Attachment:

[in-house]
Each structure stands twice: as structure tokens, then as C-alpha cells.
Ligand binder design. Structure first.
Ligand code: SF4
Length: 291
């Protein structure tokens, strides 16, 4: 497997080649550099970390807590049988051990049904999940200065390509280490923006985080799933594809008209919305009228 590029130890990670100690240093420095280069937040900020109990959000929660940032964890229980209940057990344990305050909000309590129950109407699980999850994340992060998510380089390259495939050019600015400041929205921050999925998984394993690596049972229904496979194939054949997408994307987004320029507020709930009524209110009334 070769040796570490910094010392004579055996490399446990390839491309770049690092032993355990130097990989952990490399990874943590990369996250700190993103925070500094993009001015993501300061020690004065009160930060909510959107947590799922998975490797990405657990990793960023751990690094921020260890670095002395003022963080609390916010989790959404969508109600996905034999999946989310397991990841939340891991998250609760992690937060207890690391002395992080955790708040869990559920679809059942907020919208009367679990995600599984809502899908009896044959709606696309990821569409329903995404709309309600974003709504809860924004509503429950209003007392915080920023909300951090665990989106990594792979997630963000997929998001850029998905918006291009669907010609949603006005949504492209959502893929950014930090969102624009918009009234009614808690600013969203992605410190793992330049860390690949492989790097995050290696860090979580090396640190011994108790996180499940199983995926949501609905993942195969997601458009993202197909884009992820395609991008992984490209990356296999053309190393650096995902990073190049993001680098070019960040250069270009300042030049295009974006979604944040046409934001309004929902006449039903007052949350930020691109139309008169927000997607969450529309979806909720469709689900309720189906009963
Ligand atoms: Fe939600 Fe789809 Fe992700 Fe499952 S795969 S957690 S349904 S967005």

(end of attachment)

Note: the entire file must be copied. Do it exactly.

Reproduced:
[in-house]
Each structure stands twice: as structure tokens, then as C-alpha cells.
Ligand binder design. Structure first.
Ligand code: SF4
Length: 291
């Protein structure tokens, strides 16, 4: 497997080649550099970390807590049988051990049904999940200065390509280490923006985080799933594809008209919305009228 590029130890990670100690240093420095280069937040900020109990959000929660940032964890229980209940057990344990305050909000309590129950109407699980999850994340992060998510380089390259495939050019600015400041929205921050999925998984394993690596049972229904496979194939054949997408994307987004320029507020709930009524209110009334 070769040796570490910094010392004579055996490399446990390839491309770049690092032993355990130097990989952990490399990874943590990369996250700190993103925070500094993009001015993501300061020690004065009160930060909510959107947590799922998975490797990405657990990793960023751990690094921020260890670095002395003022963080609390916010989790959404969508109600996905034999999946989310397991990841939340891991998250609760992690937060207890690391002395992080955790708040869990559920679809059942907020919208009367679990995600599984809502899908009896044959709606696309990821569409329903995404709309309600974003709504809860924004509503429950209003007392915080920023909300951090665990989106990594792979997630963000997929998001850029998905918006291009669907010609949603006005949504492209959502893929950014930090969102624009918009009234009614808690600013969203992605410190793992330049860390690949492989790097995050290696860090979580090396640190011994108790996180499940199983995926949501609905993942195969997601458009993202197909884009992820395609991008992984490209990356296999053309190393650096995902990073190049993001680098070019960040250069270009300042030049295009974006979604944040046409934001309004929902006449039903007052949350930020691109139309008169927000997607969450529309979806909720469709689900309720189906009963
Ligand atoms: Fe939600 Fe789809 Fe992700 Fe499952 S795969 S957690 S349904 S967005």